The desire for multifunctional devices has driven significant research toward exploring multiferroics, where the coupling between electric, magnetic, optical, and structural order parameters can provide new functionality. While BiFeO3 is a well studied multiferroic, recent research has shown that the addition of BaTiO3 can improve the material properties. In this study, we perform time resolved differential reflectivity measurements of (1 - x)BaTiO3-(x)BiFeO3, with x = 0.725 epitaxial films grown on a lanthanum strontium manganite (LSMO) layer with a strontium titanate (STO) substrate, and BaTiO3-BiFeO3 nano-rods grown on Pt/Si. Our time resolved measurements can be used to probe dynamical properties on picosecond time scales. Information obtained is vital towards the design and understanding of high speed devices that incorporate multiferroic materials. We find that the contribution to the transient reflectivity response of a BaTiO3-BiFeO3 film due to carrier dynamics can be quantitatively explained by the diffusion of the photoexcited carriers away from the surface and that the ambipolar diffusion constant is below 1-2 cm2 s-1. At low temperature and for thicker films, in addition to a response from carrier dynamics, we also observed oscillations in the transient reflectivity with periods of 30-37 ps. We attribute these oscillations to propagating coherent acoustic phonons in the films. In the BaTiO3-BiFeO3 nano-rods samples only, we observed an additional oscillation with frequency in the range of 8 GHz. This is close to a theoretically predicted magnon frequency, but the strength of this oscillation only had a very weak magnetic field dependence. Another explanation for this feature could be multiple reflections of the acoustic phonons at the Pt interfaces (due to the large acoustic impedance mismatch).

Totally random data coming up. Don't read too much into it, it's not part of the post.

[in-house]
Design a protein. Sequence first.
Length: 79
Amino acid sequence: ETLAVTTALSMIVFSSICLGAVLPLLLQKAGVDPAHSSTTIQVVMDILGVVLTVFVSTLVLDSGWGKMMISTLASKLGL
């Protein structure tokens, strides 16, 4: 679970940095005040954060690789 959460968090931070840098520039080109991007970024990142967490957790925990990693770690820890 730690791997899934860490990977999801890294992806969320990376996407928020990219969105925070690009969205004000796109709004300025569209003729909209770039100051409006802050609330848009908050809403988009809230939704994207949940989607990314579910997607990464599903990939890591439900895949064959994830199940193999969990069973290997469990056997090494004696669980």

Bibliographical noteFunding Information:
This material is based upon work supported by the Air Force Office of Scientific Research under award numbers FA9550-14-1-0376 and FA9550-17-1-0341, and DURIP funding (FA9550-16-1-0358). D. M. would like to acknowledge the financial support through National Science Foundation (1832865). S. P. acknowledges the support through Office of Naval Research (N00014-16-1-3043). A portion of this work was performed at the National High Magnetic Field Laboratory, which is supported by the National Science Foundation Cooperative Agreement No. DMR-1157490 and the State of Florida.
© The Royal Society of Chemistry.